What Planning Steps SHOULD You TAKE to Accomplish Your Goals?

Here we are, almost in the second month of 2022, and it feels like January was a blur. In effect, we're already 1/12th into our year. Missing our objectives for the year is usually not an option, but time might be running out. If we feel we're behind already, we may need to rethink some of our assumptions. It all boils down to goal setting, measuring, and adjusting course quickly.

You've heard it a million times: write down your goals and they'll get done. I know I've written down a ton of goals that never got done, so what's the difference between the ones that get crossed off and the ones that seem to always be on the list? The difference is in how you write them and, in turn, how you track them. Writing down "go to Italy this year" is not a goal, it's more of "I hope this happens" with no roadmap or airline ticket on how to get there. Writing down "save $480 a month to travel to Italy next summer" is now a trackable goal with a known end date and all the fun planning in-between to keep you motivated with that travel savings account. 

The same applies in business. I ask many of my clients, "What are your top three goals for this year?" Amazingly, for most of us, this question is harder to answer than it should be. Believe it or not, according to a recent Harvard Business Review report on working ON or IN your business, 85% of us spend less than an hour per month on planning. Not surprisingly, in the same article, 95% of surveyed employees said they have no idea what their companies' plans are. If this sounds familiar, don't worry, it's relatively easy to fix.

The root cause is usually found in our daily agendas: Working IN our business too much instead of ON our business leads us to a daily grind and blocks us from thinking about the future. Below are three descriptions of 3 building blocks you can use to set and achieve your goals for 2022 and beyond.

Building Block One: Thought-Process

This is where you get to think about where you are and where you want to go. Anything is possible. Forget about any negatives here; this is the list you create assuming everything is perfect. This exercise will allow you to resurrect old ideas and make them new again or think through a new strategy. After you have completed the list, it's time to organize your priorities for the year, quarter, month, week, and day.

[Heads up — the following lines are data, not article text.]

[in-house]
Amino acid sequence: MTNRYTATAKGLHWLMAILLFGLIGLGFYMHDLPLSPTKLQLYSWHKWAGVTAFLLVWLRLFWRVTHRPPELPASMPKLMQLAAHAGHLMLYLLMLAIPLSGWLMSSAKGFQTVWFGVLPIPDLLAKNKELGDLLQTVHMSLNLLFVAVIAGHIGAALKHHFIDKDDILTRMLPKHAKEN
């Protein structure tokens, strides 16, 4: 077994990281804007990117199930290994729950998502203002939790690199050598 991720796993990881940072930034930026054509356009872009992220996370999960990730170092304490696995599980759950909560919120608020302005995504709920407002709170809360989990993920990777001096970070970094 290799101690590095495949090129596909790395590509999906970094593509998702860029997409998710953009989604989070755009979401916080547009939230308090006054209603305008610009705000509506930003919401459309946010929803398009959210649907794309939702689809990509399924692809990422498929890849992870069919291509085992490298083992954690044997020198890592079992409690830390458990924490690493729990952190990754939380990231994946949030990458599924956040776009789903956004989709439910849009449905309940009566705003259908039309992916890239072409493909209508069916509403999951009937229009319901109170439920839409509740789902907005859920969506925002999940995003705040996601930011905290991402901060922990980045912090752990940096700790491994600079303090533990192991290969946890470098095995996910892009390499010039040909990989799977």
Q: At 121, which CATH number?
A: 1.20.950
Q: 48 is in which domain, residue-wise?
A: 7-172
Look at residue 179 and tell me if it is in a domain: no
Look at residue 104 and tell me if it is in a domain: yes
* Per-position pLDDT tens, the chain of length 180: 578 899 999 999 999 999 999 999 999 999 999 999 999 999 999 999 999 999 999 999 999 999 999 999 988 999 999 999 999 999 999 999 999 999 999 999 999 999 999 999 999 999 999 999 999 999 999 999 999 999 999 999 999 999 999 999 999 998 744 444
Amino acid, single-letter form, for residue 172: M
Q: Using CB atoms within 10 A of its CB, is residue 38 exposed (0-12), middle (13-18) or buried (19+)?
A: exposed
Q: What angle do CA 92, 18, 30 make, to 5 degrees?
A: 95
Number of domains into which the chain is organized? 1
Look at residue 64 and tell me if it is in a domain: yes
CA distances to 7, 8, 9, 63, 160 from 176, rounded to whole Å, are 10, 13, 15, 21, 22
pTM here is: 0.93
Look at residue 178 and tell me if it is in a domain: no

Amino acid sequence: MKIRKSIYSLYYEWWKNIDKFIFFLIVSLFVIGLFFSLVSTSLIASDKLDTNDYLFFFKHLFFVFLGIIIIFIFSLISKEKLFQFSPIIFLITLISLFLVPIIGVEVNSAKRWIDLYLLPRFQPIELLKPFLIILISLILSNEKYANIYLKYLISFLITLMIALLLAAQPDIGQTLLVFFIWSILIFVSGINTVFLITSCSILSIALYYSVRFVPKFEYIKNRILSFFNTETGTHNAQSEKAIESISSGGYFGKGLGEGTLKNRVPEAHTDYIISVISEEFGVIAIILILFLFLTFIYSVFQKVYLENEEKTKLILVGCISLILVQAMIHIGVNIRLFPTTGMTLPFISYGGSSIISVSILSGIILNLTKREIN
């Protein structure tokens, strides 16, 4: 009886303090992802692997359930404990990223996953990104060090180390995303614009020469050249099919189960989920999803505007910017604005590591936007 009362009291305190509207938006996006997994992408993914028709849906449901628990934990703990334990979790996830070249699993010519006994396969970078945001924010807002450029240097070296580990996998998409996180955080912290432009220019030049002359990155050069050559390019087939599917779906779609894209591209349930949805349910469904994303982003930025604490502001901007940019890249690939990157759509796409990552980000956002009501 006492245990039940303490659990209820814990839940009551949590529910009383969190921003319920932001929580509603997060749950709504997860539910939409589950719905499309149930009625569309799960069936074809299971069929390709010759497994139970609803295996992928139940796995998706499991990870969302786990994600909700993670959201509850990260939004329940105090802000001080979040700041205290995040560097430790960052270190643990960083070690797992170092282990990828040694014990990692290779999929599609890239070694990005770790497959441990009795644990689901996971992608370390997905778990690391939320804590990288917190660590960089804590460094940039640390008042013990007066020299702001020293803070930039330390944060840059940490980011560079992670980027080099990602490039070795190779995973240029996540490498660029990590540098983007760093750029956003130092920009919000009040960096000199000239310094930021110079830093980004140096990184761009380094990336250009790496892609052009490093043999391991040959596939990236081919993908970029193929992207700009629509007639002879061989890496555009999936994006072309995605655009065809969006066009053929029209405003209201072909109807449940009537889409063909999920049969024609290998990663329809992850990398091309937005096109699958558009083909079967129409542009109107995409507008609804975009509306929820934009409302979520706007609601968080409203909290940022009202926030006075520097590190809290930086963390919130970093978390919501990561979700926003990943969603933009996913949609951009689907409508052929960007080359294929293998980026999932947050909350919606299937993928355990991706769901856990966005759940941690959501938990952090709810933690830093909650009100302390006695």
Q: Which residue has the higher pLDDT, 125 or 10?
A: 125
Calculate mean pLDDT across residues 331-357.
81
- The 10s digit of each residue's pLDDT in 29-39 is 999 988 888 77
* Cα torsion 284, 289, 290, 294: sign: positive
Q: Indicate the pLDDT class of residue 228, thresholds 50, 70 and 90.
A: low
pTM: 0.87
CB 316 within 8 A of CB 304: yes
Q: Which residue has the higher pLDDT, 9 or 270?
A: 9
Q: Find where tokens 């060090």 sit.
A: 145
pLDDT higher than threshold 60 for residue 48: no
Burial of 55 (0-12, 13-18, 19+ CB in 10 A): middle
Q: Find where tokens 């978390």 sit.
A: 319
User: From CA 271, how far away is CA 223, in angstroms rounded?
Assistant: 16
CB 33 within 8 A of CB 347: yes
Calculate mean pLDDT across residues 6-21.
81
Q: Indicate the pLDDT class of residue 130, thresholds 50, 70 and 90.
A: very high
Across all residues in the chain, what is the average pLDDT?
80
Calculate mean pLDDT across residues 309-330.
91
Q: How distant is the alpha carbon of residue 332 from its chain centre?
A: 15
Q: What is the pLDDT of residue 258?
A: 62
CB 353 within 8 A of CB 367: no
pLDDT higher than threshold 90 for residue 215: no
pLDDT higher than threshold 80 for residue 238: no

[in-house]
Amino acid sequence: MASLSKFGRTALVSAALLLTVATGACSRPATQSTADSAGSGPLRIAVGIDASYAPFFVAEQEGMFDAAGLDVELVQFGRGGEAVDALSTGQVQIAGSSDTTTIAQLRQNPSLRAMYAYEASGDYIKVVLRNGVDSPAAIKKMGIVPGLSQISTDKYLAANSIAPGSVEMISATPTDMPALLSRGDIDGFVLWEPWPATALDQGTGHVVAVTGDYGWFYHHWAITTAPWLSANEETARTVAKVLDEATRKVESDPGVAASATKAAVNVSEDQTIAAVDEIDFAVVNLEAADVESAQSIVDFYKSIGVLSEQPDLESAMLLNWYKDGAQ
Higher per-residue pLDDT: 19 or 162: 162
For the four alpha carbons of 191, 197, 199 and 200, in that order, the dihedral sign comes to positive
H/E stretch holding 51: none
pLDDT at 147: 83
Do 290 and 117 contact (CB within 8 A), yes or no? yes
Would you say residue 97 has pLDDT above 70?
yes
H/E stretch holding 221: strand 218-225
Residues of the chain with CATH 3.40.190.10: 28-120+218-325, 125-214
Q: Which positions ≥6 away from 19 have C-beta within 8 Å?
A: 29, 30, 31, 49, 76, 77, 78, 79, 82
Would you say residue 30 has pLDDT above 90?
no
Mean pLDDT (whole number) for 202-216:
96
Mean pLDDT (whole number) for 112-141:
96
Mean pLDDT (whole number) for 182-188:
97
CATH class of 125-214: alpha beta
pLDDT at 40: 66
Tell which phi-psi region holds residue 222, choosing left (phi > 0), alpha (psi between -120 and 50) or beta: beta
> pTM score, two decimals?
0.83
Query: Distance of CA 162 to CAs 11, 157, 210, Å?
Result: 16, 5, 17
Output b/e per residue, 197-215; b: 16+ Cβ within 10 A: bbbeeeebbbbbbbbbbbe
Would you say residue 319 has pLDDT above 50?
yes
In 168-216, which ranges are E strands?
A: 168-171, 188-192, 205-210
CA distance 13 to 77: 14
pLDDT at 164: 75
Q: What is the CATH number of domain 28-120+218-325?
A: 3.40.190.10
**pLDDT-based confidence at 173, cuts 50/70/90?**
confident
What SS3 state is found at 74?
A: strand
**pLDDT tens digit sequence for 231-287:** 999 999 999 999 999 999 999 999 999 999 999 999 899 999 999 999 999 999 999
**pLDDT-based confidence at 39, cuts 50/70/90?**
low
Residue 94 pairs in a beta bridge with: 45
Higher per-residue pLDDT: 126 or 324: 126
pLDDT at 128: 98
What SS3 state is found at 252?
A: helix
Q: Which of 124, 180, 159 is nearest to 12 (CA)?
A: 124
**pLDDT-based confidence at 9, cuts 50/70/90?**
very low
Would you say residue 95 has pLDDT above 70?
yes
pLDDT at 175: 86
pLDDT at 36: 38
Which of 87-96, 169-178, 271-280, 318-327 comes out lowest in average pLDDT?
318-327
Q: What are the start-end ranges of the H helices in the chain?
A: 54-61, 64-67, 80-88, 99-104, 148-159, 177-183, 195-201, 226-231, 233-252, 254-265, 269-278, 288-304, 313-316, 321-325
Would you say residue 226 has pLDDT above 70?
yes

We all need to devote considerable time to this exercise by going back through our notes from last year. What did we aim to accomplish and didn't? Why? Once you figure out some of your top initiatives, rank them in order of priority. What is the one thing on that list that, if nothing else gets done, can move everything forward? Make this your overarching goal and connect everything else to that objective. Make your team aware of these goals so everyone can move in the same direction.

Building Block Two: Setting Your Goals

For a goal to have a chance to be reached, it needs to be quantifiable and trackable.

I learned this lesson from the book The 4 Disciplines of Execution (I believe it's a business must-read on this topic.) This formula follows the SMART goal guidelines. (Specific, Measurable, Attainable, Relevant, and Time-bound) 

Example:

  • Your initiative for the year is to "grow sales by 30%" and say you currently have $60,000,000 in sales.

That's too general. You need to break it down a bit more:

  • "Increase annual sales from $60,000,000 to $78,000,000 by December 31, 2022."
  • "Increase monthly sales from $5,000,000 to $6,500,000 by December 31, 2022."
  • "Increase sales team from 10 reps to 13 reps by March 1, 2022."

As you continue to divide overarching strategies into specific, trackable goals, a clear path to get there will emerge.

Building Block Three: Achieving Your Goals

Now that you've set your goals, you need to gather data for month-to-month goal attainment. I've heard it a million times: What gets reported gets done. Since my corporate days, this is a must-do every day, week, month, and quarter. The key to this process is to keep it simple. In fact, that's one of the reasons I insisted that our team members only measure 3 goals.  

Review your goals often and keep them top-of-mind when the inevitable whirlwind of activity diverts your focus. Share these goals with your team and require them to hold you accountable, and vice versa. When you commit to the goals and they're on paper, they are more likely to get done.

Let me know what you think. Thanks in advance!

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